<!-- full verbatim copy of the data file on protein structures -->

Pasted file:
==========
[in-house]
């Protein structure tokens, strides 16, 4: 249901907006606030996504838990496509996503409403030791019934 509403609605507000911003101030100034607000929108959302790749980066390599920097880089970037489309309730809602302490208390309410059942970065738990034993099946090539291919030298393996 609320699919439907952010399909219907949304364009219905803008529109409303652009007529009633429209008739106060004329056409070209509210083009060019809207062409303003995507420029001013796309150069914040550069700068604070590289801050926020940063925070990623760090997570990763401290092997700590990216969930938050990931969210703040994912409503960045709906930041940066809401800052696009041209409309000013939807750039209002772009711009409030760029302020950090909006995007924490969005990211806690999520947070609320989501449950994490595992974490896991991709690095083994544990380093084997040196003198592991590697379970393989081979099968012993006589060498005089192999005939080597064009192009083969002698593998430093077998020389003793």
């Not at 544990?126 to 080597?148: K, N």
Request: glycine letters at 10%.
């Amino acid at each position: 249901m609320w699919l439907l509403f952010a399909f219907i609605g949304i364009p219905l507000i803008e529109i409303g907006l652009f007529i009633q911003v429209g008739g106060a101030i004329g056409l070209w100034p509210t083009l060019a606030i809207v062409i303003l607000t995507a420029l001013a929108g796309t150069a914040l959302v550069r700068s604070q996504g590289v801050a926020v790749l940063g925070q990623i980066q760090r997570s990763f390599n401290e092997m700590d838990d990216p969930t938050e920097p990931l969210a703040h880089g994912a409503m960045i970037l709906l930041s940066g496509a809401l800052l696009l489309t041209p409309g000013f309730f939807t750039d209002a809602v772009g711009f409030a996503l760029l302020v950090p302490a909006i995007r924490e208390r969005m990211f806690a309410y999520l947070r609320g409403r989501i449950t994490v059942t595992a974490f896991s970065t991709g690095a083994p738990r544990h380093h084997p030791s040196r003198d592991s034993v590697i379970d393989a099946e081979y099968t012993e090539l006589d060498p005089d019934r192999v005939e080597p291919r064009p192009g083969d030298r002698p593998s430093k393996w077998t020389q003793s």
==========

[in-house]
């Protein structure tokens, strides 16, 4: 249901907006606030996504838990496509996503409403030791019934 509403609605507000911003101030100034607000929108959302790749980066390599920097880089970037489309309730809602302490208390309410059942970065738990034993099946090539291919030298393996 609320699919439907952010399909219907949304364009219905803008529109409303652009007529009633429209008739106060004329056409070209509210083009060019809207062409303003995507420029001013796309150069914040550069700068604070590289801050926020940063925070990623760090997570990763401290092997700590990216969930938050990931969210703040994912409503960045709906930041940066809401800052696009041209409309000013939807750039209002772009711009409030760029302020950090909006995007924490969005990211806690999520947070609320989501449950994490595992974490896991991709690095083994544990380093084997040196003198592991590697379970393989081979099968012993006589060498005089192999005939080597064009192009083969002698593998430093077998020389003793």
């Not at 544990?126 to 080597?148: K, N």
Request: glycine letters at 10%.
């Amino acid at each position: 249901m609320w699919l439907l509403f952010a399909f219907i609605g949304i364009p219905l507000i803008e529109i409303g907006l652009f007529i009633q911003v429209g008739g106060a101030i004329g056409l070209w100034p509210t083009l060019a606030i809207v062409i303003l607000t995507a420029l001013a929108g796309t150069a914040l959302v550069r700068s604070q996504g590289v801050a926020v790749l940063g925070q990623i980066q760090r997570s990763f390599n401290e092997m700590d838990d990216p969930t938050e920097p990931l969210a703040h880089g994912a409503m960045i970037l709906l930041s940066g496509a809401l800052l696009l489309t041209p409309g000013f309730f939807t750039d209002a809602v772009g711009f409030a996503l760029l302020v950090p302490a909006i995007r924490e208390r969005m990211f806690a309410y999520l947070r609320g409403r989501i449950t994490v059942t595992a974490f896991s970065t991709g690095a083994p738990r544990h380093h084997p030791s040196r003198d592991s034993v590697i379970d393989a099946e081979y099968t012993e090539l006589d060498p005089d019934r192999v005939e080597p291919r064009p192009g083969d030298r002698p593998s430093k393996w077998t020389q003793s």